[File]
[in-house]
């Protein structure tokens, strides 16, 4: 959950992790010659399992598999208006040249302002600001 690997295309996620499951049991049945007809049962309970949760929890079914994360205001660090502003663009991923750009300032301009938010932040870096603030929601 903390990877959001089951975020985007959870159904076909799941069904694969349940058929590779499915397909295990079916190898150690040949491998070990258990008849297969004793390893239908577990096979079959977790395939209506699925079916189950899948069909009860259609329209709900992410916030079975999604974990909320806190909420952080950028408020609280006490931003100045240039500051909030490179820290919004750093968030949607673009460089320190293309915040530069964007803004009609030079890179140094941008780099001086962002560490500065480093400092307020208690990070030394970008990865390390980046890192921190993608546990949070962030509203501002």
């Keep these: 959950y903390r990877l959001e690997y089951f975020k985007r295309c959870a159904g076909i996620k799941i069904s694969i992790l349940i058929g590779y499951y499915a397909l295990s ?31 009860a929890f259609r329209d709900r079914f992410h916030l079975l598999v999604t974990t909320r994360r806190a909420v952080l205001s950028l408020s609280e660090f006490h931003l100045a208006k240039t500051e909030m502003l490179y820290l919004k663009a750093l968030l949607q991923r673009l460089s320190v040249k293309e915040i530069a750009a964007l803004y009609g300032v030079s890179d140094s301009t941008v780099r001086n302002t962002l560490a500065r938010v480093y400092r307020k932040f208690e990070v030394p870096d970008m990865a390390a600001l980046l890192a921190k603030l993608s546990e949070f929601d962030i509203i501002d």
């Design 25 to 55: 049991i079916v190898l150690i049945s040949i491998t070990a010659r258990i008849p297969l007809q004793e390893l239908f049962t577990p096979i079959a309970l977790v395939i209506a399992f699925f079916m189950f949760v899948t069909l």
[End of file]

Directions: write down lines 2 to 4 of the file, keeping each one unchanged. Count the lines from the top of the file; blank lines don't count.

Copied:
């Protein structure tokens, strides 16, 4: 959950992790010659399992598999208006040249302002600001 690997295309996620499951049991049945007809049962309970949760929890079914994360205001660090502003663009991923750009300032301009938010932040870096603030929601 903390990877959001089951975020985007959870159904076909799941069904694969349940058929590779499915397909295990079916190898150690040949491998070990258990008849297969004793390893239908577990096979079959977790395939209506699925079916189950899948069909009860259609329209709900992410916030079975999604974990909320806190909420952080950028408020609280006490931003100045240039500051909030490179820290919004750093968030949607673009460089320190293309915040530069964007803004009609030079890179140094941008780099001086962002560490500065480093400092307020208690990070030394970008990865390390980046890192921190993608546990949070962030509203501002």
């Keep these: 959950y903390r990877l959001e690997y089951f975020k985007r295309c959870a159904g076909i996620k799941i069904s694969i992790l349940i058929g590779y499951y499915a397909l295990s ?31 009860a929890f259609r329209d709900r079914f992410h916030l079975l598999v999604t974990t909320r994360r806190a909420v952080l205001s950028l408020s609280e660090f006490h931003l100045a208006k240039t500051e909030m502003l490179y820290l919004k663009a750093l968030l949607q991923r673009l460089s320190v040249k293309e915040i530069a750009a964007l803004y009609g300032v030079s890179d140094s301009t941008v780099r001086n302002t962002l560490a500065r938010v480093y400092r307020k932040f208690e990070v030394p870096d970008m990865a390390a600001l980046l890192a921190k603030l993608s546990e949070f929601d962030i509203i501002d």
């Design 25 to 55: 049991i079916v190898l150690i049945s040949i491998t070990a010659r258990i008849p297969l007809q004793e390893l239908f049962t577990p096979i079959a309970l977790v395939i209506a399992f699925f079916m189950f949760v899948t069909l």